The German Classics of the Nineteenth and Twentieth Centuries, Volume 12 eBook

This eBook from the Gutenberg Project consists of approximately 626 pages of information about The German Classics of the Nineteenth and Twentieth Centuries, Volume 12.


COLONEL.  What’s going on here?

SENDEN.  An outrageous scandal!  The Union has kidnapped our two most important voters!



The COLONEL’S Summer Parlor.

The COLONEL in front, walking rapidly up and down.  In the rear, ADELAIDE and IDA arm-in-arm, the latter in great agitation.  A short pause.  Then enter SENDEN.

SENDEN (hastily calling through centre door).

All goes well! 37 votes against 29.


Who has 37 votes?


Why you, Colonel, of course!


Of course! (Exit SENDEN.) The election day is unendurable!  In no fight in my life did I have this feeling of fear.  It is a mean cannon-fever of which any ensign might be ashamed.  And it is a long time since I was an ensign!

[Stamping his foot.]

Confound it!

[Goes to rear of stage.]

IDA (coming forward with ADELAIDE).

This uncertainty is frightful.  Only one thing is sure, I shall be unhappy whichever way this election turns out.

[Leans on ADELAIDE.]


Courage!  Courage, little girl!  Things may still turn out all right.  Hide your anxiety from your father; he is in a state of mind, as it is, that does not please me at all.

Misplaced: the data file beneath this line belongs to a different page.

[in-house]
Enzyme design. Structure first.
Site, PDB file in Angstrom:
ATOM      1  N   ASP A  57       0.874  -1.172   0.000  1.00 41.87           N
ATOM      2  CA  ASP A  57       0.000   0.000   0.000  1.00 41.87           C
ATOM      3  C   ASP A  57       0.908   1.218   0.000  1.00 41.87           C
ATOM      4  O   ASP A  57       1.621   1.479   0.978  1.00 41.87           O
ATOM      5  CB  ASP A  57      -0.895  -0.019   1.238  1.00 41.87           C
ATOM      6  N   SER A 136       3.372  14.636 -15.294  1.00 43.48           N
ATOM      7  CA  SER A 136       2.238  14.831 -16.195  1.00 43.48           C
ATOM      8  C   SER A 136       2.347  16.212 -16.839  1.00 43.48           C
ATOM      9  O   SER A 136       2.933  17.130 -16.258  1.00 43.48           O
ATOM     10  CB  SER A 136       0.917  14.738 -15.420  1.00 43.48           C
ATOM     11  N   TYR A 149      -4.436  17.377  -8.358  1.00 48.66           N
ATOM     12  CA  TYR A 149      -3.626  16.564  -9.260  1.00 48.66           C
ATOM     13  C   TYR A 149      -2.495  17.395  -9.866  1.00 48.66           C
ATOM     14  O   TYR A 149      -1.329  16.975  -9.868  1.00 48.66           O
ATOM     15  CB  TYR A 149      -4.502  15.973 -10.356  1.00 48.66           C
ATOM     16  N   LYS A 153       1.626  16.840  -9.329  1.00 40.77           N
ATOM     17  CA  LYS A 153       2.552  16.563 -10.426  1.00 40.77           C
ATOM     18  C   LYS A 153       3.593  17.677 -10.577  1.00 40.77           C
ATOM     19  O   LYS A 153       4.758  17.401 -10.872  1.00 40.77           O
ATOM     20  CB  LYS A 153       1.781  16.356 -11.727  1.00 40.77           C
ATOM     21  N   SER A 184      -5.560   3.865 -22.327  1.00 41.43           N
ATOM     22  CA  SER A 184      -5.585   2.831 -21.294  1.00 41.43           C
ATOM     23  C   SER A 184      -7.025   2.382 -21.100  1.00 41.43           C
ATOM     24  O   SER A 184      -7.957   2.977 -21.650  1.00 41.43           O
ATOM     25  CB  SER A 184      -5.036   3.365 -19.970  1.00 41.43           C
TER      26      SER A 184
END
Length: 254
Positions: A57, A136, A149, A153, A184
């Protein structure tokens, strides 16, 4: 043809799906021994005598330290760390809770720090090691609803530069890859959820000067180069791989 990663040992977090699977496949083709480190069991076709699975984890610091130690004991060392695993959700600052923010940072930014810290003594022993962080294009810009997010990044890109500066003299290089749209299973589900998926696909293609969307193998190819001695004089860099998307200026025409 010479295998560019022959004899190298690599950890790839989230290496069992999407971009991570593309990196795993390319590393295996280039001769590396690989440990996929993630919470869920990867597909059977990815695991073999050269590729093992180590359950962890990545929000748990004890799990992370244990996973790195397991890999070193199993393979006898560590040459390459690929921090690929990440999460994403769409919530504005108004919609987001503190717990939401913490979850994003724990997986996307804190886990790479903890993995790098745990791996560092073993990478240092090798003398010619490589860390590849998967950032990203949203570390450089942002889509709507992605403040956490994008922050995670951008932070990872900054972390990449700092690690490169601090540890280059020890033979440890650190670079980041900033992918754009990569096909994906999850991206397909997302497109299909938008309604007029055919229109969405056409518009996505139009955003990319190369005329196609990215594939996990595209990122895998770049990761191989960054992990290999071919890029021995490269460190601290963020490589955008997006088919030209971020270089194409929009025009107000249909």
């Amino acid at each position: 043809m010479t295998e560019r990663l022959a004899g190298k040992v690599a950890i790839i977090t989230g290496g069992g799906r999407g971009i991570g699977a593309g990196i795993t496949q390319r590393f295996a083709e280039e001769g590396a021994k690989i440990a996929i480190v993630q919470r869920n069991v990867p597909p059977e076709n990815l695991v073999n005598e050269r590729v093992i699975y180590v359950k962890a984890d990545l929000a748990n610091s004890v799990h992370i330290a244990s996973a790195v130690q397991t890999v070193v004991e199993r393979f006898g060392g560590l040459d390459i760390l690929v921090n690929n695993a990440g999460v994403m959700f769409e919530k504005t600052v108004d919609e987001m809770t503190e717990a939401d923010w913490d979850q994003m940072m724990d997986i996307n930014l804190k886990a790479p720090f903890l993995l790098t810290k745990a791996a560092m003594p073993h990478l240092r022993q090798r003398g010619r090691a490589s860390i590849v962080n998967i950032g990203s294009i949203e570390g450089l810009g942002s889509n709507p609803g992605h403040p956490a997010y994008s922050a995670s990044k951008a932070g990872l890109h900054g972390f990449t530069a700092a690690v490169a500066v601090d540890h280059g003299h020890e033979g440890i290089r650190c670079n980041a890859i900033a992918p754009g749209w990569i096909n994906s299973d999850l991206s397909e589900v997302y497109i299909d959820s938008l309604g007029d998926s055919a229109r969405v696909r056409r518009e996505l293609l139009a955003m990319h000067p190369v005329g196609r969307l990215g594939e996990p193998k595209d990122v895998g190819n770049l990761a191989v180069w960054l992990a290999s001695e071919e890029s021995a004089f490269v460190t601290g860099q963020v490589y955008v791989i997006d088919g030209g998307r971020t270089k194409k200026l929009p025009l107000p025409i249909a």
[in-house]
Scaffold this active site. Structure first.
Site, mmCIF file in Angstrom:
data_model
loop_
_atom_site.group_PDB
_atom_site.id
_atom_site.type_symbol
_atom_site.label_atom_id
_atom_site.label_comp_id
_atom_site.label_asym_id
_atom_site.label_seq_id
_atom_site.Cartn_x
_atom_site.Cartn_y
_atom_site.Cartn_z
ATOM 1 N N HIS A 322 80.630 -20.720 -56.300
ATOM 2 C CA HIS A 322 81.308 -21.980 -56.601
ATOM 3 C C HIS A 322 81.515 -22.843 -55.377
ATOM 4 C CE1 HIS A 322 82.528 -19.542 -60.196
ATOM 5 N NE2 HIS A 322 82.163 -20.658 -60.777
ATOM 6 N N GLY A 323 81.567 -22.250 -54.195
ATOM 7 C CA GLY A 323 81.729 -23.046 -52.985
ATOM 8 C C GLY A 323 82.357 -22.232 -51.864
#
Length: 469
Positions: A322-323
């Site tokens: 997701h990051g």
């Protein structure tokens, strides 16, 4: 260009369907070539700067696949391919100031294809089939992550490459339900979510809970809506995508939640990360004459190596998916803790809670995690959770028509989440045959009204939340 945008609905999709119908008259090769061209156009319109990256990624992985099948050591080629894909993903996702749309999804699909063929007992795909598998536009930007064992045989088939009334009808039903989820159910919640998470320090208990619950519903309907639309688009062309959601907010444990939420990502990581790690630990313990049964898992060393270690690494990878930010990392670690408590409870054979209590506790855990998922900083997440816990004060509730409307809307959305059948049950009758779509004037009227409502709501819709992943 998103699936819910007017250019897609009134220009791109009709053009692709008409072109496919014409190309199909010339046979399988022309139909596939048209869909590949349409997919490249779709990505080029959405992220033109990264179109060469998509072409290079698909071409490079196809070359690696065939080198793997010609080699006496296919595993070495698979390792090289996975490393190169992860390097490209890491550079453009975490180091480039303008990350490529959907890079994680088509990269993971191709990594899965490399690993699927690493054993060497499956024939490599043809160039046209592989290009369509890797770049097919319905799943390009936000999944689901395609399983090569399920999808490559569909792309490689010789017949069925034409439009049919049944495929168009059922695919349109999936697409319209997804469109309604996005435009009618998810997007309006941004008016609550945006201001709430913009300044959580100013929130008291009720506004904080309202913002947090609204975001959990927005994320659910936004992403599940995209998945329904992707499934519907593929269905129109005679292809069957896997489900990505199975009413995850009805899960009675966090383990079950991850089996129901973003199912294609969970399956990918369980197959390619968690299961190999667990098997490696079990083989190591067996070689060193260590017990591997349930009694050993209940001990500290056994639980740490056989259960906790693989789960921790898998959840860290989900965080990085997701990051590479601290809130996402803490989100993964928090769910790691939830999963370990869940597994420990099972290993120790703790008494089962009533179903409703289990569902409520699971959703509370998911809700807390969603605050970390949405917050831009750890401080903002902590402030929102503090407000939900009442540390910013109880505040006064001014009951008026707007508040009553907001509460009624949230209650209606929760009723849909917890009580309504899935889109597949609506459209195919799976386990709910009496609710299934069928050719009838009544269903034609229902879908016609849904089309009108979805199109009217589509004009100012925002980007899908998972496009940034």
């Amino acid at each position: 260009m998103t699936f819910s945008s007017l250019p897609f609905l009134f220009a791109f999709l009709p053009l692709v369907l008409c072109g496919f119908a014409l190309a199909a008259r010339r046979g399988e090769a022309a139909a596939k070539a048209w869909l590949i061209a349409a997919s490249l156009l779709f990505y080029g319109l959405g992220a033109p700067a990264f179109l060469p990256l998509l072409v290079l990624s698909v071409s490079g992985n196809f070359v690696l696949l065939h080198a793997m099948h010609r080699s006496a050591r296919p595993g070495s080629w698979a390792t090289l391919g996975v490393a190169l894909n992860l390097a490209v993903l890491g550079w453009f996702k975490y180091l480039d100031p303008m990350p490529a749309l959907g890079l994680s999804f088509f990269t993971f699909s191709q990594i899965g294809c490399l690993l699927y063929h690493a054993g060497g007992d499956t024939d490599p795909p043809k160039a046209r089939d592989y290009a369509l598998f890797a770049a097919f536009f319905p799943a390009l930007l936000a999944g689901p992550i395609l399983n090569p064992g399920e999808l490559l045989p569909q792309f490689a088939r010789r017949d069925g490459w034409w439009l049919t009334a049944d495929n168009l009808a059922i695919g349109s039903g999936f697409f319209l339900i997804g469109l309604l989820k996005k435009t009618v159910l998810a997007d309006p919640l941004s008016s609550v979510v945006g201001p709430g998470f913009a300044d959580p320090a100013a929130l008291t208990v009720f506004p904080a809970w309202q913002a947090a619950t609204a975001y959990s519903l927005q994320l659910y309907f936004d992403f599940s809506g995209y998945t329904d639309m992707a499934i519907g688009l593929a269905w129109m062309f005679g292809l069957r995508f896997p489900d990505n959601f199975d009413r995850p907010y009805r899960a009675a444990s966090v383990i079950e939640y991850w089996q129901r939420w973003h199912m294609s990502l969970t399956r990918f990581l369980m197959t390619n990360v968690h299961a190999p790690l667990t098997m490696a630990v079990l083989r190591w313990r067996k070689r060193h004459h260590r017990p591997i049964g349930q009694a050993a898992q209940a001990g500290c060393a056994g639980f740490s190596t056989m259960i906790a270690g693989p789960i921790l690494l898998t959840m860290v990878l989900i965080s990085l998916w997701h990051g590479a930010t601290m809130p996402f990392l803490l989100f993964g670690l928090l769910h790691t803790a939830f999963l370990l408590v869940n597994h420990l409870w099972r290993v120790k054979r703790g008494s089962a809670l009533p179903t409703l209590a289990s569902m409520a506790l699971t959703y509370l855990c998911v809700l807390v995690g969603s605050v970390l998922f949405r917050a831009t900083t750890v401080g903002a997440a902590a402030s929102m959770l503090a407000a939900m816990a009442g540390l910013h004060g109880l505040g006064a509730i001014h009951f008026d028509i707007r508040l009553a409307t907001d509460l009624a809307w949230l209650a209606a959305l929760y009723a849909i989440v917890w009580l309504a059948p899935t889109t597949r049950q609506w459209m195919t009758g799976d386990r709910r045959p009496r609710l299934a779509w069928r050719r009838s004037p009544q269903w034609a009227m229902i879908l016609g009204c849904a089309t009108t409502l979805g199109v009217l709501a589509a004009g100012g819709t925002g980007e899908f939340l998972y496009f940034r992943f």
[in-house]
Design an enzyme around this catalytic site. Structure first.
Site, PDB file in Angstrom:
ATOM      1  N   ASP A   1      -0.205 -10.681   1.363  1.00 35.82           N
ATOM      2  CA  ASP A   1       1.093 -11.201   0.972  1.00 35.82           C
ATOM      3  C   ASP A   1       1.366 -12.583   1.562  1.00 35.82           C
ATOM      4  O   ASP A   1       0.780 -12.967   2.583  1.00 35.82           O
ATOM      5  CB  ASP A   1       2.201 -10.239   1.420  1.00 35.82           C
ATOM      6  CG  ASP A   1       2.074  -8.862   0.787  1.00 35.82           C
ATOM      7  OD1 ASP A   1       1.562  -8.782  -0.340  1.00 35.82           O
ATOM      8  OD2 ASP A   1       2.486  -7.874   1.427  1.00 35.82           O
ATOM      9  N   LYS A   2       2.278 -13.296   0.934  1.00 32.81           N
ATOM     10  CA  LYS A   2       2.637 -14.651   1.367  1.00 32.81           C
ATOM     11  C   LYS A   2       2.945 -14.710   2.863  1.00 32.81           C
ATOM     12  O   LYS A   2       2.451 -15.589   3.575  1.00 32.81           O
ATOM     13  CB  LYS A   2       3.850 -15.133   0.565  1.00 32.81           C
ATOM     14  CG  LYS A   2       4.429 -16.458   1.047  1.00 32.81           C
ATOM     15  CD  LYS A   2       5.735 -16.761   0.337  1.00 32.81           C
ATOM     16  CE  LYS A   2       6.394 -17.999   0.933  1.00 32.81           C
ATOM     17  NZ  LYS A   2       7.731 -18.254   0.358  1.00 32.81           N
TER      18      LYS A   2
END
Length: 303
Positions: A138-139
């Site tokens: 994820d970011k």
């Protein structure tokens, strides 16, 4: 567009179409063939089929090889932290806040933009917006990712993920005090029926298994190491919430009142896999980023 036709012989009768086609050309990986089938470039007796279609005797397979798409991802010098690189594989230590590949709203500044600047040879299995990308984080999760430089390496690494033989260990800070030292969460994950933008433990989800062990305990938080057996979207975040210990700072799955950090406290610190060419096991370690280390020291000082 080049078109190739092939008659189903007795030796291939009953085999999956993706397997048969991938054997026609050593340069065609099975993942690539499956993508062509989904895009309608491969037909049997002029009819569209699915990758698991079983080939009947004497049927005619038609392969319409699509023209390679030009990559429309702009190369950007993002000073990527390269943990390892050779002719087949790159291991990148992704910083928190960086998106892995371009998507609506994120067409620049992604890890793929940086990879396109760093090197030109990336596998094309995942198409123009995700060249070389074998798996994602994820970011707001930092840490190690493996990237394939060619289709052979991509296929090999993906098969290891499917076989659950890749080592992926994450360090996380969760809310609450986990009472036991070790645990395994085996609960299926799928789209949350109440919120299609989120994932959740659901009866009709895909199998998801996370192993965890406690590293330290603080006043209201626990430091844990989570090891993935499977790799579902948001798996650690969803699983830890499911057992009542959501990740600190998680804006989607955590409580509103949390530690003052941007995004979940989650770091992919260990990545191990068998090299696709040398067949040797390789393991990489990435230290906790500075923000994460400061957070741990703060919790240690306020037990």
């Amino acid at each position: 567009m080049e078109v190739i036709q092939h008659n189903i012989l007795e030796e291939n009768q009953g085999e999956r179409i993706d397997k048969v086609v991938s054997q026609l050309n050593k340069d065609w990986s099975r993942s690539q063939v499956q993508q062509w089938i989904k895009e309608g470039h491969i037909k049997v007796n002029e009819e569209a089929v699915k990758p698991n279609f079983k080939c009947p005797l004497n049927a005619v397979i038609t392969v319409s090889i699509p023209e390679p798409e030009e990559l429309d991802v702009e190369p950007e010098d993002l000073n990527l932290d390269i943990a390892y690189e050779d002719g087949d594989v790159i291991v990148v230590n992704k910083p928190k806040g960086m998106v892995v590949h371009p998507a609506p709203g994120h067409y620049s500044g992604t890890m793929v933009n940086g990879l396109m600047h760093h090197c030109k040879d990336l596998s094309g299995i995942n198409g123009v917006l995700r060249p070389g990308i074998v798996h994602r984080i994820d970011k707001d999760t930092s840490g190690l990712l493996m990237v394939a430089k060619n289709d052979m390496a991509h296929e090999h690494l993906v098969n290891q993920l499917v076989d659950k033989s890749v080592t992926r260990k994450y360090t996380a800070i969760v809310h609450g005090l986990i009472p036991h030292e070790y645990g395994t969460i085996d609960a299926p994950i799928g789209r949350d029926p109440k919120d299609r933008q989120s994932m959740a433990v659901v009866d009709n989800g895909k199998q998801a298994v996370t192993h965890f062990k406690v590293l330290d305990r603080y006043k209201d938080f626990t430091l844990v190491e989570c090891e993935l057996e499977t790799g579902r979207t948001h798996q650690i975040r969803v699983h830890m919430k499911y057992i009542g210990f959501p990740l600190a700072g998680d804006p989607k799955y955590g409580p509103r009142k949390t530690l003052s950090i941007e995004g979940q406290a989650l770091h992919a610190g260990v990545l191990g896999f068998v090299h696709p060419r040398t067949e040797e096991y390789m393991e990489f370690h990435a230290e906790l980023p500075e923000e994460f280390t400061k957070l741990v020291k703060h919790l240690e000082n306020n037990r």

Enter BLUMENBERG in haste; the COLONEL rushes toward him.


Now, sir, how do things stand?


41 votes for you, Colonel, 34 for our opponents; three have fallen on outsiders.  The votes are being registered at very long intervals now, but the difference in your favor remains much the same.  Eight more votes for you, Colonel, and the victory is won.  We have every chance now of coming out ahead.  I am hurrying back, the decisive moment is at hand.  My compliments to the ladies!




[IDA hastens to him.]

Are you my good daughter?


My dear father!


I know what is troubling you, child.  You are worse off than any one.  Console yourself, Ida; if, as seems likely, the professor has to make way for the old soldier, then we’ll talk further on the matter.  Oldendorf has not deserved it of me; there are many things about him that I do not like.  But you are my only child.  I shall think of that and of nothing else; but the very first thing to do is to break down the young man’s obstinacy.

[Releases IDA; walks up and down again.]

ADELAIDE (in the foreground, aside).

The barometer has risen, the sunshine of pardon breaks through the clouds.  If only it were all over!  Such excitement is infectious! (To IDA.) You see you do not yet have to think of entering a nunnery.

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The German Classics of the Nineteenth and Twentieth Centuries, Volume 12 from Project Gutenberg. Public domain.
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